Global Initiative for Drug Policy Reform

The Global Initiative promotes the development of alternative approaches to drug control in order to create more humane, cost-effective, and evidence-based policies. It achieves these aims by collecting, commissioning, and disseminating evidence to the public and governments.

The Beckley Foundation’s Global Initiative for Drug Policy Reform brings together countries interested in reform, countries that have successfully implemented alternative drug policies.

After the launch of the Cannabis Policy: Moving Beyond Stalemate in 2010 (co-published by the Beckley Foundation and Oxford University press) Amanda and the two leading authors Prof. Robin Room and Prof. Peter Reuter were invited to meetings in Mexico City and Rio de Janeiro. There, they engaged with senior politicians including President Cadorso of Brazil, participating in a variety of conferences and meetings to discuss the findings of the book.

It was during these trips that Amanda decided on the next Beckley Foundation initiative – the Global Initiative for Drug Policy Reform. This initiative  is based on: 1) the awareness that the War on Drugs has failed, and 2) the scientific evidence that now shows health-oriented drug policies to be more cost-effective, humane, and harm-reducing than criminalisation. It was launched in November 2011 at the House of Lords in London, at a meeting hosted by the Beckley Foundation together with the All-Party Parliamentary Group on Drug Policy Reform.

 Its specific objectives are:

  • To promote health-oriented, harm-reducing drug policies based on scientific evidence and human rights;
  • To support the rational redistribution of resources away from prohibition, criminalisation, and incarceration towards healthcare, education, and rehabilitation;
  • To reduce the human costs, violence, and corruption fuelled by the illicit drug trade and the War on Drugs, which disproportionately affect producer and transit countries;
  • To bring together country representatives and scientific and policy experts in order to discuss and evolve new policy options that address the highly complex problems arising from drug use and the illegal markets; and
  • To commission and disseminate new information; to open up and facilitate debate on all possible policy options; and to educate and inform politicians and the public.


Achievements from the Global Initiative:

  • To accompany its launch, Amanda Feilding produced the Beckley Foundation Public Letter, which was published in The Times and The Guardian, generating a great deal of publicity. Never before had such a distinguished list of world figures publicly backed the need for new drug policies. Among the signatories are former U.S. Presidents, Nobel Laureates, and major figures in politics, finance, science, law, and the arts.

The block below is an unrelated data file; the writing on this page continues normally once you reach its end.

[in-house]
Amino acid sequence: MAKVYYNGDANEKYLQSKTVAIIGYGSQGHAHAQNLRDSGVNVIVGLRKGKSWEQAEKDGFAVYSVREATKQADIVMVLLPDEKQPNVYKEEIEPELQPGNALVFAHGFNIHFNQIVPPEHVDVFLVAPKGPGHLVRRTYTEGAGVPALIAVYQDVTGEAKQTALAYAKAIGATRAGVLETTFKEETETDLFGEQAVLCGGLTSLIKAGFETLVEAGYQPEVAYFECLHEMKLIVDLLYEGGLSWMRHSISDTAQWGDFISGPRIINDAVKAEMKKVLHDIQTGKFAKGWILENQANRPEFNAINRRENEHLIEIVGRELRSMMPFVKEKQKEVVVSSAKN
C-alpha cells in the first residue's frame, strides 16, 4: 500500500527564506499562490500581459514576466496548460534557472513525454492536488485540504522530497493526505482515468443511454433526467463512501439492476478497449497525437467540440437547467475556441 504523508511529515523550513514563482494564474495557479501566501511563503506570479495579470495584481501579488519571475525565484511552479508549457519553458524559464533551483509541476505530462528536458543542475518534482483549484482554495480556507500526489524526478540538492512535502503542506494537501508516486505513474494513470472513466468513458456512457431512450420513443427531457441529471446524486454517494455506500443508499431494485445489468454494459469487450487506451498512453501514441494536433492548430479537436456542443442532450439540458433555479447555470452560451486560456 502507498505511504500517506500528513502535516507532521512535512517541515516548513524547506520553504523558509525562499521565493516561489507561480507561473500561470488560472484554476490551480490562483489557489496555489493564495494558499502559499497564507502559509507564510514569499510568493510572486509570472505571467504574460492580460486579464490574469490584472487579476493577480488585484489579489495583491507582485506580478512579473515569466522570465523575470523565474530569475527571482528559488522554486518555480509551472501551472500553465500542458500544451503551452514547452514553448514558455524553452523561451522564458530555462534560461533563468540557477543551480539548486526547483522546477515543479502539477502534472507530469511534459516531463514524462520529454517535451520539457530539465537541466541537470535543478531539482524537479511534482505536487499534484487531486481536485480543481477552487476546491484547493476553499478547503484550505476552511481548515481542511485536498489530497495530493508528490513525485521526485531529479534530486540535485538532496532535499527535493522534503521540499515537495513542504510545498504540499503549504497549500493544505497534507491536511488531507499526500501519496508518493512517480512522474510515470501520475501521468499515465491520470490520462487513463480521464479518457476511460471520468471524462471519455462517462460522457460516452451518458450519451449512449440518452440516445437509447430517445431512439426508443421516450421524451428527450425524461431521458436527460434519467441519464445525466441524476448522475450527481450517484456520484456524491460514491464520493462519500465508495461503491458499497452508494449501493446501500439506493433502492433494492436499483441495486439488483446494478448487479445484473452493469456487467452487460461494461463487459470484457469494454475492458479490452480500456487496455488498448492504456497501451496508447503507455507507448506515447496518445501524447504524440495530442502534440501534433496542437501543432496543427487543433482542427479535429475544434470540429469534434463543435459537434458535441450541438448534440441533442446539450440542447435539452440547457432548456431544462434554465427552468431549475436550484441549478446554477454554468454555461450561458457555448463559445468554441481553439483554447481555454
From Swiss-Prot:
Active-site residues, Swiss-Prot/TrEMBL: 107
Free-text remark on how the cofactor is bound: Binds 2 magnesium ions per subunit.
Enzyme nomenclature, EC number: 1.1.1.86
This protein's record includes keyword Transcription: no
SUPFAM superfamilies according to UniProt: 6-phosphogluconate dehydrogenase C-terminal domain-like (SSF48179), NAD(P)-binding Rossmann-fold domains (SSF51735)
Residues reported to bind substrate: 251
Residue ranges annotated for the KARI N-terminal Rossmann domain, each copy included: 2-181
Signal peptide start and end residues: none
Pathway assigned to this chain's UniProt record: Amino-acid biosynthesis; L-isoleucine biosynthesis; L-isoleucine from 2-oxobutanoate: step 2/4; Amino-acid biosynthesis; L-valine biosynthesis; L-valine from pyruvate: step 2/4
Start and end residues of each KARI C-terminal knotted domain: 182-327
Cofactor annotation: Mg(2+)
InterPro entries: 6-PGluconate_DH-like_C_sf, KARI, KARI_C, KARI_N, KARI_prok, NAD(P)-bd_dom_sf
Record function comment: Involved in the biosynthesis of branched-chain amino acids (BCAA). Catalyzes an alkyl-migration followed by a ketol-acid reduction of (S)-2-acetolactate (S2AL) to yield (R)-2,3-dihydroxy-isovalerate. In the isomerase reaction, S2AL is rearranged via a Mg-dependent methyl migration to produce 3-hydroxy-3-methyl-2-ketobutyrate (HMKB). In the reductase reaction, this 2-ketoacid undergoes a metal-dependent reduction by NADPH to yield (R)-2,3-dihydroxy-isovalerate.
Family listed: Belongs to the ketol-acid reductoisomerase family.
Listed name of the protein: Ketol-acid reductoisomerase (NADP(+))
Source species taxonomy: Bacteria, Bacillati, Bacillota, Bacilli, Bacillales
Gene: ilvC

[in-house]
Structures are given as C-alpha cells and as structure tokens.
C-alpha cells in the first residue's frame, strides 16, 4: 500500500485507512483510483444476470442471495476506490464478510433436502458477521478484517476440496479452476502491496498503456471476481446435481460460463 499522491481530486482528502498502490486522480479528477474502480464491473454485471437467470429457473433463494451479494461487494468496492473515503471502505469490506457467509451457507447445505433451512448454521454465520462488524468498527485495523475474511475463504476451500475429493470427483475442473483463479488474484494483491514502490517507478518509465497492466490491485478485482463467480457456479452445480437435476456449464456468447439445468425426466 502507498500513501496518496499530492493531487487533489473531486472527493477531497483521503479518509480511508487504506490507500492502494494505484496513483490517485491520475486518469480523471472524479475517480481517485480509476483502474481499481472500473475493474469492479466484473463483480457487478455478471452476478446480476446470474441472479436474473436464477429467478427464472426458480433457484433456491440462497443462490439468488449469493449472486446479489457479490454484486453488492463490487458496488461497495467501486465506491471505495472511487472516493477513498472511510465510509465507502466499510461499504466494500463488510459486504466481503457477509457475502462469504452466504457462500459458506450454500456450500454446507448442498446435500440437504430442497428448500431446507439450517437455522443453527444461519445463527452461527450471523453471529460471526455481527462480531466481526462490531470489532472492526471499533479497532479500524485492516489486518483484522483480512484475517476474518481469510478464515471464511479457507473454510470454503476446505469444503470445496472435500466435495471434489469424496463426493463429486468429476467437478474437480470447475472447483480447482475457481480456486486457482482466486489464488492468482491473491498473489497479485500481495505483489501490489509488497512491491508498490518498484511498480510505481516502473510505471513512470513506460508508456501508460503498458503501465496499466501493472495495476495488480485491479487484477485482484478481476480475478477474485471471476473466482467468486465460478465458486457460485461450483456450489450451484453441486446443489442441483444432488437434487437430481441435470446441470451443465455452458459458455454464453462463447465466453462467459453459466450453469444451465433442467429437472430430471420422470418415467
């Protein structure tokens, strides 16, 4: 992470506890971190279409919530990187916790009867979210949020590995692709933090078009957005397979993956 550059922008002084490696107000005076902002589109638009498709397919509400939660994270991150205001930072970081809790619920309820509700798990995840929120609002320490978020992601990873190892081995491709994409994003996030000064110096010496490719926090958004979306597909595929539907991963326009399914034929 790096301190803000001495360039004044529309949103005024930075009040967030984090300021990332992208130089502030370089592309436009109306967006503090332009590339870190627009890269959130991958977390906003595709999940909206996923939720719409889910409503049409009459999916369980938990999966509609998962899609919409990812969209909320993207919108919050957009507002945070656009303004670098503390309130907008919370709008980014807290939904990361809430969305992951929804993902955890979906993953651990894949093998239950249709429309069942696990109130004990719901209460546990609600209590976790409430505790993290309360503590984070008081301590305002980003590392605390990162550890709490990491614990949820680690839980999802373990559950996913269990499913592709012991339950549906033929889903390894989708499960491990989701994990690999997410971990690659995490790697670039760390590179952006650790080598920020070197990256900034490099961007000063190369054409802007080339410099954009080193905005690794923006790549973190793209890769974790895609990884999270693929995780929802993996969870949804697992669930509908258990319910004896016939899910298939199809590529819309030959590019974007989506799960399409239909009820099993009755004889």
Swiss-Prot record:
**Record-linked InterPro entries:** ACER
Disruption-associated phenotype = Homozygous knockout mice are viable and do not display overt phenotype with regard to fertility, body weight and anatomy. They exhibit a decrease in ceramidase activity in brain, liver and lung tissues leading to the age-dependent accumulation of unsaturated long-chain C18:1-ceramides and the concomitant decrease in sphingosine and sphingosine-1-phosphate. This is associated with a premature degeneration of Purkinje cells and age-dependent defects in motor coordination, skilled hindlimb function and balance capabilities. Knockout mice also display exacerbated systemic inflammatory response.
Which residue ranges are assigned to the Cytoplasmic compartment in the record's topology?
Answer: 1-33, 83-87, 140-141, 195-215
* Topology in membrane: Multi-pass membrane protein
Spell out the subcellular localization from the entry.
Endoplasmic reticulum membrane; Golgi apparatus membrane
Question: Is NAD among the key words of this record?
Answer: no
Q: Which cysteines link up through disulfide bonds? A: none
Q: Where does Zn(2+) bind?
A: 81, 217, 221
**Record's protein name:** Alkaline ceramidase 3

• Roadmaps to Reforming the UN Drug Conventions. This ground-breaking report, led by Prof Robin Room, was the first to carefully document the ways in which the UN Conventions can be amended in order to allow signatory countries the freedom to choose and experiment with domestic policies best suited to their individual needs.
  • Licensing and Regulation of the Cannabis Market in England and Wales: Towards a Cost/Benefit Analysis. This report, led by Prof Stephen Pudney, investigated the economic consequences of a regulated cannabis market in the UK, indicating that it could be worth as much as £1.25bn a year to the government.
  • In 2012, Amanda was invited by the Guatemalan government to visit for a private discussion on alternative drug policies. At the meeting Amanda was invited to set up the Beckley Foundation Latin American Chapter and to inform the Government about the impacts of current policies and a range of alternative policy options. This work resulted in two policy reports on violence in Guatemalan drug markets and options for alternative drug policies.
  • Roadmaps to Regulation: Cannabis, Psychedelics, MDMA, and NPS. In this report, Amanda Feilding and Nicola Singleton propose a paradigm shift in the way we consider regulation, placing the reduction of harm at the core of policy-making. The report aims to be a conversation-starter, and a tool for policy-makers as they move forward in regulating commonly used illicit drugs.
  • Roadmaps to Regulation: MDMA. This report outlines, for the first time, detailed recommendations for drug policy reform in order to better control the production, distribution, purchase, and consumption of MDMA products. It aims to highlight that the harms associated with MDMA use are predominantly related to its prohibition, and proposing an alternative regulatory model that would reduce the harms associated with criminalisation and minimise the risks to users.
  • Roadmaps to Regulation: Coca, Cocaine, and Derivatives. This report, the latest in the series, will be released later in 2021. It was written by over 30 experts across the world and represents the most robust attempt to date to open discussion on the issue of coca/cocaine regulation. It does so from a comprehensive and multidisciplinary perspective, with leading names in the relevant fields. It is a pivotal point in the difficult, yet necessary, discussion on the regulation of stimulants.

Explore the Global Initiative's Achievements